Nearly 1,600 Palestinian prisoners held in Israeli prisons have ended a 28-day hunger strike after an Egypt-brokered deal was successful and amid fears that any deaths would result in a violent backlash in the occupied West Bank and in Gaza.
The prisoners' hunger strike centered on demands for an end to solitary confinement, more family visits, and the elimination of "detention without trial", a practice condemned internationally as an affront to justice and human rights.
An Egyptian official involved in the talks, tells Al-Jazeera that under Monday's deal to end the strike, Israel had agreed to end solitary confinement for 19 prisoners and lifted a ban on visits to prisoners by relatives living in the Hamas-ruled Gaza Strip.
Palestinian Authority Prisoners Minister Issa Qaraqi called the agreement a victory, according to the Los Angeles Times.
"This is a first step toward liberation and victory," said Fawzi Barhoum, a spokesman for the Islamist group, reports Reuters.
"An agreement has been signed to bring about the end of a 28-day hunger strike by Palestinian security prisoners," the Israel Prisons Authority said in a written statement.
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Most of some 1,600 prisoners, a third of the 4,800 Palestinians in Israeli jails, began refusing food on April 17 although a few had been fasting much longer - up to 77 days.
Their protest centred on demands for more family visits, an end to solitary confinement and an easing of so-called "administrative detention", a practice that has drawn international criticism on human rights grounds.
An Egyptian official involved in the talks said that under Monday's deal to end the strike, Israel had agreed to end solitary confinement for 19 prisoners and lifted a ban on visits to prisoners by relatives living in the Hamas-ruled Gaza Strip.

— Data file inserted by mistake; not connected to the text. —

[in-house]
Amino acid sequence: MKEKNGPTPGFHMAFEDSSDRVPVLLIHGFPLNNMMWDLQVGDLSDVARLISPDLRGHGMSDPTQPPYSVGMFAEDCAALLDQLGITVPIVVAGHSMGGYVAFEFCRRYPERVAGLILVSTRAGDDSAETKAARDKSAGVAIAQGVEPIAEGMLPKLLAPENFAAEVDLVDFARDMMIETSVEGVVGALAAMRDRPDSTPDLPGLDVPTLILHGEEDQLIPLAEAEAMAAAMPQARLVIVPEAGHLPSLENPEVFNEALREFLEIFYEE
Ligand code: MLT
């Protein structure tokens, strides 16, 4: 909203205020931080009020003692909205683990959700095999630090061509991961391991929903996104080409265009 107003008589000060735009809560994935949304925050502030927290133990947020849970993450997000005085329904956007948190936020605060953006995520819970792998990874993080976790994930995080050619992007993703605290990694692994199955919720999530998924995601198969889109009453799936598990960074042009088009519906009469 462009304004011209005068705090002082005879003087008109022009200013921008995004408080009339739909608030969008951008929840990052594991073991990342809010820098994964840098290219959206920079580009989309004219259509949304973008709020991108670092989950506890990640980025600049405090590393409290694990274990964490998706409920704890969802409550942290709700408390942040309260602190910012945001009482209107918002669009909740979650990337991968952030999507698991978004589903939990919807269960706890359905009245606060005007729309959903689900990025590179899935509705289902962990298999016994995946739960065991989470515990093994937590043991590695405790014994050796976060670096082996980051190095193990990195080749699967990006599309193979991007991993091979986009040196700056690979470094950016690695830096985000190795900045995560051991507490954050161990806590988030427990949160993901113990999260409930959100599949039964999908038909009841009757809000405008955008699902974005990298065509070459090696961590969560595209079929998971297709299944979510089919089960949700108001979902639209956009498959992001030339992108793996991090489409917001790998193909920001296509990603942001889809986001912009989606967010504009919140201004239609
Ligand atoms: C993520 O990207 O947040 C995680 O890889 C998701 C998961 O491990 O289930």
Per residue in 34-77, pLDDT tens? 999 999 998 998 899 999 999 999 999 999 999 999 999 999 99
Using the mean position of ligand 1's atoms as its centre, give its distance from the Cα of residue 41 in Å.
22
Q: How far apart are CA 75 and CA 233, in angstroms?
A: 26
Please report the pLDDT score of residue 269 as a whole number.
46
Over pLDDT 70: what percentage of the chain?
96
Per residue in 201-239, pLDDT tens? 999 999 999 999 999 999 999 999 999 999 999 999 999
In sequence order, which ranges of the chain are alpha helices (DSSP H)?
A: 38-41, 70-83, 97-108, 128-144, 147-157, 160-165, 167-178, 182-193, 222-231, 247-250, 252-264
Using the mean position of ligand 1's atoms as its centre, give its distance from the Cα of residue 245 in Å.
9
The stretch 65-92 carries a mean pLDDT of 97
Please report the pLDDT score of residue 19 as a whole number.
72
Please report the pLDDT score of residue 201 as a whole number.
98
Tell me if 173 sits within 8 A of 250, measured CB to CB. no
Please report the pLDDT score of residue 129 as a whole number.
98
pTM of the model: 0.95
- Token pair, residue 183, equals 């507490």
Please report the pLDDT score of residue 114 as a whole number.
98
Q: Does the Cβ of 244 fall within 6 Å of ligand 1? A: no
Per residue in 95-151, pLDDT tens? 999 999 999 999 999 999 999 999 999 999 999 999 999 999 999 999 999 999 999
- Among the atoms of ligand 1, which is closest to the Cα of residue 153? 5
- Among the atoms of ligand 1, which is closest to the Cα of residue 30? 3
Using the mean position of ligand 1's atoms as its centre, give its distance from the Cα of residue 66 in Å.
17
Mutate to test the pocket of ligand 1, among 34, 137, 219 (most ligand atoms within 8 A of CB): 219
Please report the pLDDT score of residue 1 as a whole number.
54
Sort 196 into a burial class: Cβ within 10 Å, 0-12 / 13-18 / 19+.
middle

Israel also agreed to improve other conditions of detention,and to free so-called administrative detainees once they complete their terms unless they are brought to court, according to the official.
Hamas spokesman Sami Abu Zuhri confirmed the deal, telling Reuters that "the prisoners signed the deal after their demands were met. The deal was brokered by Egypt."
Israel also confirmed an accord had been struck.
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The Los Angeles Times reports:
The deal ends the longest and one of the largest hunger strikes ever organized by Palestinian prisoners. About 1,600 Palestinians prisoners had refused food since April 17. Two detainees -- Bilal Diab, 27, and Thaer Halahleh, 33 -- began their strike Feb. 28 and are now in serious condition.
Many Palestinians leaders had warned that the death of any prisoner might spark widespread public outrage and possibly violence in the West Bank and Gaza Strip.
Palestinian Authority Prisoners Minister Issa Qaraqi called the agreement a victory. Israeli officials said they agreed to go further in making concessions than they had previously as a goodwill gesture toward Palestinian Authority President Mahmoud Abbas, who made a personal appeal on behalf of the prisoners over the weekend.
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Israel did not say whether it would free any administrative detainees, but pledged in its statement that an inter ministerial team would look at prisoner requests and issue recommendations.
Around 320 of Palestinian prisoners are held in "administrative detention", a security measure Israel defends as a precaution to protect undercover sources.
Many of the other prisoners have been convicted of serious crimes, including murder. Palestinian leaders say they should be treated as prisoners of war, something Israel rejects.
Israel says the detentions without trial are necessary because some cases cannot be brought to open court for fear of exposing Palestinian intelligence sources who have cooperated with Israel.
Palestinians jailed by Israel are held in high esteem by their compatriots, who see them as heroes in what they term a struggle against occupation.
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